The Collegian

9/1/03 • Vol. 127, No. 5

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Students turn to web, career center for internship help

Home, home on the range...

For Molly Fagundes, life on an almond farm gave her the drive, determination and skills to get the job that comes with a corner office and a window—Associated Students president.

From growing almonds to raising heifers, Fagundes' credits her farm past for giving her the skills to become a successful president.

“There is a lot of responsibility,” said Fagundes, 22, of living on the farm. “You have to feed, exercise and get the animals ready for fair and budget the money it takes to raise each animal.

Commitment was the biggest thing.”

Fagundes' younger sister, Meggie, a junior at Fresno State, attributed life on the farm for her sister's political success.

“Molly has a strong work ethic,” she said. “You learn early on an almond farm about commitment and organization. Molly works hard to maintain the Student Union and is committed to listening to the students.”

Fagundes was born and raised in Atwater, Calif. and said the most important aspects of her life are her home and family.

“There is a support group, a solid foundation that you cannot get anywhere else,” she said of her family. “It was my father and mother who taught me the values I need in life.”

Fagundes' parents' college life also helped influence her choice to attend Fresno Sate.

“My dad and mom are alumni,” she said. “They were both Greeks. My dad played football while on the rodeo team and was involved in dairy.”

Fagundes said she couldn't see herself attending another school.

“It is not far from home, it has a great ag school and I received scholarships,” she said. “I could see myself walking onto the Fresno State campus and getting involved with the student life.”

Along with crediting her success to farm and family, Fagundes also said that serving previous terms as executive vice president and senator of agriculture sciences and technology helped ready her for the challenges of the presidency.

As an executive vice president, Fagundes ran all senate meetings, sat on the alcohol awareness sub-committee and was an associated board member.

During her term as senator, Fagundes worked with the College of Agricultural Science and Technology. As a member of the executive council, Fagundes represented every club in the ag department.

“I've been involved with Associated Students for three years,” she said. “In that time I've become familiar with the senate. I've learned about different programs and services.”

Outside of AS, Fagundes was a coordinator of development for Vintage Days and Kids Day from 2002 to 2004. For Fagundes, the responsibilities that came with organizing the events were similar to the skills she developed on the farm while preparing animals for show.  

The work ethic she gained from the farm also helped her claim national honors in the Food Science and Technology proficiency for the Future Farmers of America organization. As part of that honor,   Fagundes was able to travel to Costa Rica to visit agricultural industries.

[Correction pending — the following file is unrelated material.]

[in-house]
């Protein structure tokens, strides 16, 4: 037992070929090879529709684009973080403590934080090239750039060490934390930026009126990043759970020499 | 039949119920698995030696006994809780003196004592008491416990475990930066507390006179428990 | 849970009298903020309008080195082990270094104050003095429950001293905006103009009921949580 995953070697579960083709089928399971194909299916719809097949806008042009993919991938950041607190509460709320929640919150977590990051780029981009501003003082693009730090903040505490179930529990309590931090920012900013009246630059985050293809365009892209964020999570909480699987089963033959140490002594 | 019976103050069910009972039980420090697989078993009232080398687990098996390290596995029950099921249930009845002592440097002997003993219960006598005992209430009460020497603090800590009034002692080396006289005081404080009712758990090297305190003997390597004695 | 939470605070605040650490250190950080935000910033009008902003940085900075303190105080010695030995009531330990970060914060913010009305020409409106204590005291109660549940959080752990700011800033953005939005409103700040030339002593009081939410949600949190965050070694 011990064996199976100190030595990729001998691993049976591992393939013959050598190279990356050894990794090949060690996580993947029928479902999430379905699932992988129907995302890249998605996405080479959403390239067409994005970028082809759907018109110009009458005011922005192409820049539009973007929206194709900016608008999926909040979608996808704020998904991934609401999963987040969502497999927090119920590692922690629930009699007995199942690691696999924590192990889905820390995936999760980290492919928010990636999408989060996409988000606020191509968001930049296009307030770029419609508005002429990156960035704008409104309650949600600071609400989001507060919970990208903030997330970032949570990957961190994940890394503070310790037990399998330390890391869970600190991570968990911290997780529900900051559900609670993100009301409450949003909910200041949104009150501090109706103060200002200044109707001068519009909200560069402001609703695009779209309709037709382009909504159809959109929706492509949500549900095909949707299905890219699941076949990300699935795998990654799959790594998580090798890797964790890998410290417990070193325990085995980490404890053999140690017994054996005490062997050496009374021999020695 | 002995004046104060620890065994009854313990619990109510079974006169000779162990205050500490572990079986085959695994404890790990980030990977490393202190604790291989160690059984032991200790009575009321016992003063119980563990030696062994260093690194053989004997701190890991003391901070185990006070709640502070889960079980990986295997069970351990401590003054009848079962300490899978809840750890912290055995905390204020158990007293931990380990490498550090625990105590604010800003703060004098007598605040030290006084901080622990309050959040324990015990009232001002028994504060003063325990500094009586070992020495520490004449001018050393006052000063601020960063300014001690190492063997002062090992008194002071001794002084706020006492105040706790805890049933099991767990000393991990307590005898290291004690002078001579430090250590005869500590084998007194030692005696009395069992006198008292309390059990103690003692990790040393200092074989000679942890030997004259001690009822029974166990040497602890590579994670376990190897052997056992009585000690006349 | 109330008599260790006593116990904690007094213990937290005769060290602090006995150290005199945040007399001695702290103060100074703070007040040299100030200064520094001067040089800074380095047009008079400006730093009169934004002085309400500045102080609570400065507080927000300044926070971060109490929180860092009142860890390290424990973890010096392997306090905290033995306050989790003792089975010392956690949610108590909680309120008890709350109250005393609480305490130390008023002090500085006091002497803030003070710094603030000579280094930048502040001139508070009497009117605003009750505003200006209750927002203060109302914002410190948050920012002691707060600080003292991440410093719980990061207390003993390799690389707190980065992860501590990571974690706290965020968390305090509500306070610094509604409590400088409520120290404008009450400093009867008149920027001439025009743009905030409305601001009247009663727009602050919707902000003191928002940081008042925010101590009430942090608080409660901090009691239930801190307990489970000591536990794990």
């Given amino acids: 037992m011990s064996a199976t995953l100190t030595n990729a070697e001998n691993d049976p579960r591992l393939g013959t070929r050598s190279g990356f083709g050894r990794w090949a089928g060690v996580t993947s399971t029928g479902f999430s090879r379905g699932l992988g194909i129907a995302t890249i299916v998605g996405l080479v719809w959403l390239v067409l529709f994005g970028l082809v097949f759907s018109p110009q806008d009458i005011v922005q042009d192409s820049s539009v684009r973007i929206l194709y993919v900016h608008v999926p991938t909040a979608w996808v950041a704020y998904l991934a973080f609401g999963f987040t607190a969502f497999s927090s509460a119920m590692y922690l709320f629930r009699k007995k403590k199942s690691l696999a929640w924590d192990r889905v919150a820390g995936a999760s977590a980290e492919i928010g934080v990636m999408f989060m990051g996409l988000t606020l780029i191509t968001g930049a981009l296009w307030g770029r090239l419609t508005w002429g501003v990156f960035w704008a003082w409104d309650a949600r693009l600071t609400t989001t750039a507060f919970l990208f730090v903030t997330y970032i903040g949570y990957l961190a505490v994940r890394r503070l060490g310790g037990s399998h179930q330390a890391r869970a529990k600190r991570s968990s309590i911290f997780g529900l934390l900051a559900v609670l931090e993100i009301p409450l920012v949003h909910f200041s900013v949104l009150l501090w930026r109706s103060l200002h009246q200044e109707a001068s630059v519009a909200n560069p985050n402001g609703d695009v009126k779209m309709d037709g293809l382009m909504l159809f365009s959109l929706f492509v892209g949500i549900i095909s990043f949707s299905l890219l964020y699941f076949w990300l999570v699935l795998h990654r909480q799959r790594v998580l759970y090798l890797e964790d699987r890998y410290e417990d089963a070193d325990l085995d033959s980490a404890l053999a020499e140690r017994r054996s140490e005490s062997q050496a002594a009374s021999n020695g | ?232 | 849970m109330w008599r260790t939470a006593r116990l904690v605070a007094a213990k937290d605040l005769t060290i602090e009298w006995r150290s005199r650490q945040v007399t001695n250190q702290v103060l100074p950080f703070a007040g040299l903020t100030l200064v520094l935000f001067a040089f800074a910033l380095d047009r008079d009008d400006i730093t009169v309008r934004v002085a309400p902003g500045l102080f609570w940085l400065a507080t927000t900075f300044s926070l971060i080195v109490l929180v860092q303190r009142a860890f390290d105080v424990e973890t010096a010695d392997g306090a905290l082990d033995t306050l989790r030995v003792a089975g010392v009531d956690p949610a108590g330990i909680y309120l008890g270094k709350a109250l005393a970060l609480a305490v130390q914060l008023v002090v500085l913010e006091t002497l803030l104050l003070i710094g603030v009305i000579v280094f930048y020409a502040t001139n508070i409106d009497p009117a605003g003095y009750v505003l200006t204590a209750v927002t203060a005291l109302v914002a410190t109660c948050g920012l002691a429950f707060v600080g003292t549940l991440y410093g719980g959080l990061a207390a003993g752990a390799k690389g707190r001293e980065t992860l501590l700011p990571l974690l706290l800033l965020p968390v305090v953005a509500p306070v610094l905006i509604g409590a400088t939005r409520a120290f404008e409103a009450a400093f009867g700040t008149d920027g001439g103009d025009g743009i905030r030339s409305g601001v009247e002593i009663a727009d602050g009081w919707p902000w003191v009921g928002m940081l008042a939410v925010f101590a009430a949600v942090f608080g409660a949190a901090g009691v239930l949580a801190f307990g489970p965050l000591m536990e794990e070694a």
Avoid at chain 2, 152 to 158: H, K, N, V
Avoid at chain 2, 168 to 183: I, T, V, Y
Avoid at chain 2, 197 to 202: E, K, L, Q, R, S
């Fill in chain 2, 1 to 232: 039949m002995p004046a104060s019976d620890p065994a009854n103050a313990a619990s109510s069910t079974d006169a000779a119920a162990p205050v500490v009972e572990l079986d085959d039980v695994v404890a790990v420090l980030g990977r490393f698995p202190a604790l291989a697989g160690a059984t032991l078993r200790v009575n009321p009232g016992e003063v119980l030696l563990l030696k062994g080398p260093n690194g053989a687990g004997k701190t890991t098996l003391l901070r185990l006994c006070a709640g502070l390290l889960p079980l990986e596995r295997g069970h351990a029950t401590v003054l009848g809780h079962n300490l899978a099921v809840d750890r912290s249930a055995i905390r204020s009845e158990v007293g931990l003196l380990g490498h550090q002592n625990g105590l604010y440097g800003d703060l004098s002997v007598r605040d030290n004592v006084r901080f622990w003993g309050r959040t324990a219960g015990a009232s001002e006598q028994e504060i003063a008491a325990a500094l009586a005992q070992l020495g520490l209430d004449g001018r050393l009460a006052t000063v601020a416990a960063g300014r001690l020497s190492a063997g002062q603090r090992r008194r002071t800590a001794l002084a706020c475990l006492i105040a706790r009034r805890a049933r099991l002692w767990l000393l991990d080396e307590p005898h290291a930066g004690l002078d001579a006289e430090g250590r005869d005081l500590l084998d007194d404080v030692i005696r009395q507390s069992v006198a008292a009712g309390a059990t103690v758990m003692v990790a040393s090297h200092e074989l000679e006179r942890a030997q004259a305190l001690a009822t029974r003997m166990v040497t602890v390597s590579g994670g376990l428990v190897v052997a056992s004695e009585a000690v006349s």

Fagundes also took a year off from college to serve as Future Farmers of America state vice president.

During this time she traveled up and down California and also toured Europe, Germany, Austria and Italy as part of the International Leadership Seminar for State Officers.

“I love agriculture, I love the life,” she said.

“I wanted to take a chance to represent the industry and educate the high school students about what the industry has to offer and the leadership skills it takes to make it in the business.”

Meggie recognizes what the position of FFA state vice president did for Molly.

“As a state official, she learned how to be seen in the public eye and how to be an ambassador for the ag industries,” Meggie said. “And now she has carried that skill over to her role as president.”

Through it all, Molly has a sunny disposition.

“I love Fresno State,” she said. “I wouldn't be satisfied with just going to class and doing homework. I want everything school has to offer and really get involved. That is why I ran for president.”

Raj Singh Badhesha, senator of student affairs, said that Fagundes is a capable and dynamic leader.

“There is so much to know when you represent the student body and she is doing a great job absorbing it all,” he said.

Fagundes, an agricultural communications major, hopes the presidential office is a stepping-stone

She wants to put her experience and love of serving others toward a career with Hilmar Cheese Co.

“I'm interested in marketing and promoting the agriculture industry as an educator, possibly corporate or personnel communications,” Fagundes said.

“Dairy is the No. 1 agriculture industry in California,” she said. “It is exciting, challenging and always changing.”

Fagundes likes the challenge of keeping up with an industry that always fluctuates with new technology and consumer interest. Yet a life in agriculture is not the only goal Fagundes has.

“I still want to be a part of campus life, maybe as an adviser for student government,” she said. “Either way I want to go to a place that doesn't feel like I'm going to work. I want to enjoy it.”